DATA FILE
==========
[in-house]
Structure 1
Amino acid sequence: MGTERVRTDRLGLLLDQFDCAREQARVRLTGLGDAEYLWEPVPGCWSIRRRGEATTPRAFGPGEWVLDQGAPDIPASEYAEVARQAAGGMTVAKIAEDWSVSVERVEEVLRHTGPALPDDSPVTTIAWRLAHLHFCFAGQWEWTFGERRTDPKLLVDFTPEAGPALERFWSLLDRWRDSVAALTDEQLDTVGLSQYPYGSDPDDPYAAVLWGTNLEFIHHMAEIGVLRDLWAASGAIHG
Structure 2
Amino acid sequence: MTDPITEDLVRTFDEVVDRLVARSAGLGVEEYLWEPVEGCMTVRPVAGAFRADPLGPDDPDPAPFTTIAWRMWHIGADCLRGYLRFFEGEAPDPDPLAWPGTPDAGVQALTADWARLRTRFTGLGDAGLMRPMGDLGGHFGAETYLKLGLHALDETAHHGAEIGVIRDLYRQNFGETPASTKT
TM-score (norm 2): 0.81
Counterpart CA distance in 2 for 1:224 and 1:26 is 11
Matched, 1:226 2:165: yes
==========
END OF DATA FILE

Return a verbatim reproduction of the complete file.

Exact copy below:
[in-house]
Structure 1
Amino acid sequence: MGTERVRTDRLGLLLDQFDCAREQARVRLTGLGDAEYLWEPVPGCWSIRRRGEATTPRAFGPGEWVLDQGAPDIPASEYAEVARQAAGGMTVAKIAEDWSVSVERVEEVLRHTGPALPDDSPVTTIAWRLAHLHFCFAGQWEWTFGERRTDPKLLVDFTPEAGPALERFWSLLDRWRDSVAALTDEQLDTVGLSQYPYGSDPDDPYAAVLWGTNLEFIHHMAEIGVLRDLWAASGAIHG
Structure 2
Amino acid sequence: MTDPITEDLVRTFDEVVDRLVARSAGLGVEEYLWEPVEGCMTVRPVAGAFRADPLGPDDPDPAPFTTIAWRMWHIGADCLRGYLRFFEGEAPDPDPLAWPGTPDAGVQALTADWARLRTRFTGLGDAGLMRPMGDLGGHFGAETYLKLGLHALDETAHHGAEIGVIRDLYRQNFGETPASTKT
TM-score (norm 2): 0.81
Counterpart CA distance in 2 for 1:224 and 1:26 is 11
Matched, 1:226 2:165: yes